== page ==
Captain John’s Seafood Restaurant aboard the “M.V. Jadran.” Photo, 2011.
The “M. V. Jadran,” where Captain John’s Seafood Restaurant was located, occupied a prime location on Toronto’s waterfront for many years. When the business venture failed, there was a search to find a new owner, but it was unsuccessful due to the taxes owed and the leasing difficulties imposed by the city. After the water supply to the ship was terminated, the restaurant closed, and in the ensuing years it became an empty rusting hulk. I kept hoping that someone would eventually purchase the ship and restore it, as having a floating restaurant on the city’s shoreline was a valuable asset for both Torontonians and tourists. However, it was not to be.
It was John Lenik who brought the M. V. Jadran to Toronto. Letnik escaped Communist Yugoslavia when he was 15 years old, arriving in Canada in 1957. He worked hard and eventually opened a restaurant named “Pop-In” at Dundas and McCaul Streets. Due to his success, he finally purchased the building where the eatery was located. On a trip to Yugoslavia to visit his family, he sailed from New York aboard the “S.S. France.” On this trip, he fell in love with dining on the high seas and dreamt of opening a floating restaurant in Toronto.
On his return to Toronto, following a two-year search, in 1969 Letnik bought the “M.V. Normac.” It was a small vessel, launched in 1902 in Port Huron, Michigan. It had been used for various purposes, including a Detroit fire boat and also a Tobermory ferry. Letnik sailed it to Toronto under its own steam and moored it at the foot of Yonge Street (1 Queens Quay). He opened his restaurant aboard it in August 1970. Its hull was painted flaming red and the superstructure was white. It was an attractive sight, moored alongside Queens Quay, in a decade when the city’s waterfront was mainly industrial. The Normac was one of the few signs of life at night in an area that otherwise was desolate. I retain fond memories of the vessel, as in the 1970s, during the summer months, Capt. John’s served an all-you-can-eat lobster buffet on the top deck of the Normac. Lobster—ice cold beer—and a harbour view—heaven!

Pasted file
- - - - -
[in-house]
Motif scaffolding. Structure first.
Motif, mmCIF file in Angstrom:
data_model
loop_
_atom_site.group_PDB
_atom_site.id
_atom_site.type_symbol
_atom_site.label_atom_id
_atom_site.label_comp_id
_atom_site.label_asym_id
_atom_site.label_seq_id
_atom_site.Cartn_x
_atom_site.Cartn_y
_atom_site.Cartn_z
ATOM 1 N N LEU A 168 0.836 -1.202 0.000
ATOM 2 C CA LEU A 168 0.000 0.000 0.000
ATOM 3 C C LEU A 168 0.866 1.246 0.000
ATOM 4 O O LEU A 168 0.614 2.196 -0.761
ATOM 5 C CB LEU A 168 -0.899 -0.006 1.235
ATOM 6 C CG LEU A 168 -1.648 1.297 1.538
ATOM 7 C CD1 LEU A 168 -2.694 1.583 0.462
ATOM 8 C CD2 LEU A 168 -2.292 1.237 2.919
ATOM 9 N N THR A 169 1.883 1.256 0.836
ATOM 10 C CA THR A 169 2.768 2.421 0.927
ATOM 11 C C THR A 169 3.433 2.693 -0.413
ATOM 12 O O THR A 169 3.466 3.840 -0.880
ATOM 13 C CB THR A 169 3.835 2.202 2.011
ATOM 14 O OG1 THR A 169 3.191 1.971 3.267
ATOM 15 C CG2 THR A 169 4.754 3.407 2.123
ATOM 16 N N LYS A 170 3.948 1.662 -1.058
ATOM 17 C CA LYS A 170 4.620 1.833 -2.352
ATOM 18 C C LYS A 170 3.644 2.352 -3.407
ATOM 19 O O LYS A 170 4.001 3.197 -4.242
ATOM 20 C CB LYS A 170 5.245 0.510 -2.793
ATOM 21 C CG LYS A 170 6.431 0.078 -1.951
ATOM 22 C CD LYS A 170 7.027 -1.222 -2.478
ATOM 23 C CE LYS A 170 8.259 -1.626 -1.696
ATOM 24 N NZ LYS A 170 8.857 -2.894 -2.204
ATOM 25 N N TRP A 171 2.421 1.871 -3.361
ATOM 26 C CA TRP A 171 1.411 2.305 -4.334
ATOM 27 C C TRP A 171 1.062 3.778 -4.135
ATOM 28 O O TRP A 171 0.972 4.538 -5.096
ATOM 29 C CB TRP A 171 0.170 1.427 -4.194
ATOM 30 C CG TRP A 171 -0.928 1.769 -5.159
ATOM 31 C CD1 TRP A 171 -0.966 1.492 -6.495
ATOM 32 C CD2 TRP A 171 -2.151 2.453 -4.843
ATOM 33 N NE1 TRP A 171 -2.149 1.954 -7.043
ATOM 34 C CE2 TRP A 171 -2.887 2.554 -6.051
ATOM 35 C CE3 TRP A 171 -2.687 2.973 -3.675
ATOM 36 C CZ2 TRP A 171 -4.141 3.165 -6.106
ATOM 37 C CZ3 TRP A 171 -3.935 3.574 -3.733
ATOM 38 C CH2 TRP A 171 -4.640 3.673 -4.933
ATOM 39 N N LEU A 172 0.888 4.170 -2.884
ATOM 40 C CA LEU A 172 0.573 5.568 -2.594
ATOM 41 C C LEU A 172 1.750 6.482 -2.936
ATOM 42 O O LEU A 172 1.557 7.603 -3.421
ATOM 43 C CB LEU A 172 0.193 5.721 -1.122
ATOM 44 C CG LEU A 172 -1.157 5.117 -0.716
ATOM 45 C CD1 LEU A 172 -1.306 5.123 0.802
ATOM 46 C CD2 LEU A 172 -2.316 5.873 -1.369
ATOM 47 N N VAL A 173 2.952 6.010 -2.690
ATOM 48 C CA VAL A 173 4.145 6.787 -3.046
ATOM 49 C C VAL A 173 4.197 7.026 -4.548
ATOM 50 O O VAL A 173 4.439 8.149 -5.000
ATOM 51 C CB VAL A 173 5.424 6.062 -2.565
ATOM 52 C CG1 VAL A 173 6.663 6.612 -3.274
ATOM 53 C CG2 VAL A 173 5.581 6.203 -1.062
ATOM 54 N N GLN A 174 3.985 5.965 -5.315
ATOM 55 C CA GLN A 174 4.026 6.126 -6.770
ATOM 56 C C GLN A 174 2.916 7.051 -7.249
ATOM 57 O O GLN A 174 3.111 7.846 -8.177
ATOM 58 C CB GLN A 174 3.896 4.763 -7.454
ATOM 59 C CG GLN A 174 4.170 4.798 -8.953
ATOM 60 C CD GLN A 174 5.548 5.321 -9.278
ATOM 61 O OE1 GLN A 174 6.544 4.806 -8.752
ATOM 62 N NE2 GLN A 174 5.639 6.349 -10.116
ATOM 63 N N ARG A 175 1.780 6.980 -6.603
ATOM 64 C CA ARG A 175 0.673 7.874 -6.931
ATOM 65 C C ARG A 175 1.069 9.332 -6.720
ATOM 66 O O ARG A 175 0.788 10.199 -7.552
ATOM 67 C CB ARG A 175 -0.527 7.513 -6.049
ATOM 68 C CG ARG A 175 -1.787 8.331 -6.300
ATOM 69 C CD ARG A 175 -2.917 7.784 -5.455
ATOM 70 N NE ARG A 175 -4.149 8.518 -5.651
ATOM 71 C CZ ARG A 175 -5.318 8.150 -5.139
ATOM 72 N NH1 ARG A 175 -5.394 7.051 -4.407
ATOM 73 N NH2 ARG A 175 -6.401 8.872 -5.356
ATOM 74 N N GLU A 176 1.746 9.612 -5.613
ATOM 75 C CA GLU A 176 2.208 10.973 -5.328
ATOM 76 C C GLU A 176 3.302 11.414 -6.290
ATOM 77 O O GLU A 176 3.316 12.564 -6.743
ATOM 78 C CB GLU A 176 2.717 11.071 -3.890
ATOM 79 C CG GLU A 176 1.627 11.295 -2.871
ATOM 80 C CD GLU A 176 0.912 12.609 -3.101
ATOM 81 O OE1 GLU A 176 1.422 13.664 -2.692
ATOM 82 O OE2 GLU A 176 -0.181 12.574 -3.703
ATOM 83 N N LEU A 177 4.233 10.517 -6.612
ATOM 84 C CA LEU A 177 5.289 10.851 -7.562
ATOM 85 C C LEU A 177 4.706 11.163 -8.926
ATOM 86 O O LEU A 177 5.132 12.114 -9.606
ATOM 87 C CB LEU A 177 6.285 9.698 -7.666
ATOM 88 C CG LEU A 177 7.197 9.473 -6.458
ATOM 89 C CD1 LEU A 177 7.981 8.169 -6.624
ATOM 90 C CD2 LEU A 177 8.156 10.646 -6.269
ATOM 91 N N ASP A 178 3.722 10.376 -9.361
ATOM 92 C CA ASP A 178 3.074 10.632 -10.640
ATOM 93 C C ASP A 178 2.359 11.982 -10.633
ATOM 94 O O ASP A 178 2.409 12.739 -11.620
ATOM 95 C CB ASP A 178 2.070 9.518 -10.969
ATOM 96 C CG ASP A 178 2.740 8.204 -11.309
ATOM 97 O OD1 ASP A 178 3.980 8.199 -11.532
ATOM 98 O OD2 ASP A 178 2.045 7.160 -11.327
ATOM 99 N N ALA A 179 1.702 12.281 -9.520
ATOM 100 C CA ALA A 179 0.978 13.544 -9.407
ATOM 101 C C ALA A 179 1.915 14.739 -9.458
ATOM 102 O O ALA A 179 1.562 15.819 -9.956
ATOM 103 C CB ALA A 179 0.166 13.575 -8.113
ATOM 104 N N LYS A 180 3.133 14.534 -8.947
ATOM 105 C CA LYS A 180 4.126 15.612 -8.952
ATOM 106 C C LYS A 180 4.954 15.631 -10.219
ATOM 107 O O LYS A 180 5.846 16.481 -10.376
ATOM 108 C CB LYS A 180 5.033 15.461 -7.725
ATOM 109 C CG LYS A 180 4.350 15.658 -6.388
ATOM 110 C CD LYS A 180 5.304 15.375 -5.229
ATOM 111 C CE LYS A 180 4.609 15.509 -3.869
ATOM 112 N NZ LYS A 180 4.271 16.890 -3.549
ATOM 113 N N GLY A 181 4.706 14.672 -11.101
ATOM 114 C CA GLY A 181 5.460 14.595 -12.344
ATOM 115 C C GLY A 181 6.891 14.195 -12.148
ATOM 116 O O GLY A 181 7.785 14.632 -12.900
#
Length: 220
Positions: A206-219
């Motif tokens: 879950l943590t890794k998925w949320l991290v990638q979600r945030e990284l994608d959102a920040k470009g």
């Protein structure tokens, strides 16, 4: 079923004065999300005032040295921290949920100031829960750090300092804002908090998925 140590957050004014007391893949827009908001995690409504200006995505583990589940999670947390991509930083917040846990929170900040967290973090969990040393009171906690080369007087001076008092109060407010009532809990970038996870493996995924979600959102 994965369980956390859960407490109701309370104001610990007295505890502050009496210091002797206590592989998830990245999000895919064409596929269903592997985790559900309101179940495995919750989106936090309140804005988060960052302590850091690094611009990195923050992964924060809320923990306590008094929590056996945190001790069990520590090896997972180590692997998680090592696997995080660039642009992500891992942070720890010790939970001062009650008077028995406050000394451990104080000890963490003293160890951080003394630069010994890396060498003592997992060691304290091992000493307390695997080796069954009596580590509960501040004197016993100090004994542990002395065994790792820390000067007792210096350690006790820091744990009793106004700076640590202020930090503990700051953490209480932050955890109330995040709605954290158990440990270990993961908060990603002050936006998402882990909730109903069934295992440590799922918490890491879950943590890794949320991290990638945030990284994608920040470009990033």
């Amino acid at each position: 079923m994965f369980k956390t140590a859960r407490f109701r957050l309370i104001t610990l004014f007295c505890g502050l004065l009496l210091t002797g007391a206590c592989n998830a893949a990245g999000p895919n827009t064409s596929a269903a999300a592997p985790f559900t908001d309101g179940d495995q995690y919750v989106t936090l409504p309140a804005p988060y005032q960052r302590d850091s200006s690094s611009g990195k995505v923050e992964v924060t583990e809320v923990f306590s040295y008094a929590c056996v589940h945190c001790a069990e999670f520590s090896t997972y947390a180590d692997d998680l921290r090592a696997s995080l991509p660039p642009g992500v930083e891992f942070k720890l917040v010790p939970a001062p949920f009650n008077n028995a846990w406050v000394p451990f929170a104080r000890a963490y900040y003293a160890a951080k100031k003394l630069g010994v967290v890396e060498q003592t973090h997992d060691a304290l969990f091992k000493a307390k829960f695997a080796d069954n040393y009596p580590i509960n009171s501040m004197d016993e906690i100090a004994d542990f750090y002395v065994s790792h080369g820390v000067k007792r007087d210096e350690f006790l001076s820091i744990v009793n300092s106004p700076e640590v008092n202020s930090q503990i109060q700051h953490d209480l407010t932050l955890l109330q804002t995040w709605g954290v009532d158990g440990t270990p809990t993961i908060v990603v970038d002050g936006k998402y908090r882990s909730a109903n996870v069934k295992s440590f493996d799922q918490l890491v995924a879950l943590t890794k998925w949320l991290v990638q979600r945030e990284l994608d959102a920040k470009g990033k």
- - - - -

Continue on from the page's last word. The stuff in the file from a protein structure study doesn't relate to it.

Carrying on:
Letnik expanded his business when he purchased the MV (Merchant Vessel) Jadran in 1975. The ship had been launched in 1957 in Pula, Yugoslavia (now Croatia). As a luxury cruise ship, it sailed the Mediterranean Sea, docking at ports along the Aegean and Adriatic Seas, as well as the Black Sea. After Letnik became its owner, he embarked on a 16-day trip to sail it from Yugoslavia to Toronto. Mooring it on Queens Quay, on the port side of the Normac, he commenced business in May 1976. As well as a public restaurant, the ship offered facilities for private parties, weddings, banquets and bar mitzvahs.
In 1981, the Normac was rammed by the Toronto Ferry the Trillium, when it lost power. The hull of the Normac was punctured below the water line. The incident happened when the ship was fully occupied by diners, but no one was injured. A patch was placed over the hole, but it did not seal the opening properly and a week later the boat sank. The insurance money was insufficient to re-float and restore the vessel, so Letnik was forced to sell it. It was towed to Cleveland, Ohio, where once more it became a seafood restaurant named Captain John’s. In 1995, it was taken to Port Dalhousie, Ontario, and renamed The Riverboat. Later, it was called Tokyo Joe’s, but on December 28, 2011 it was gutted by fire.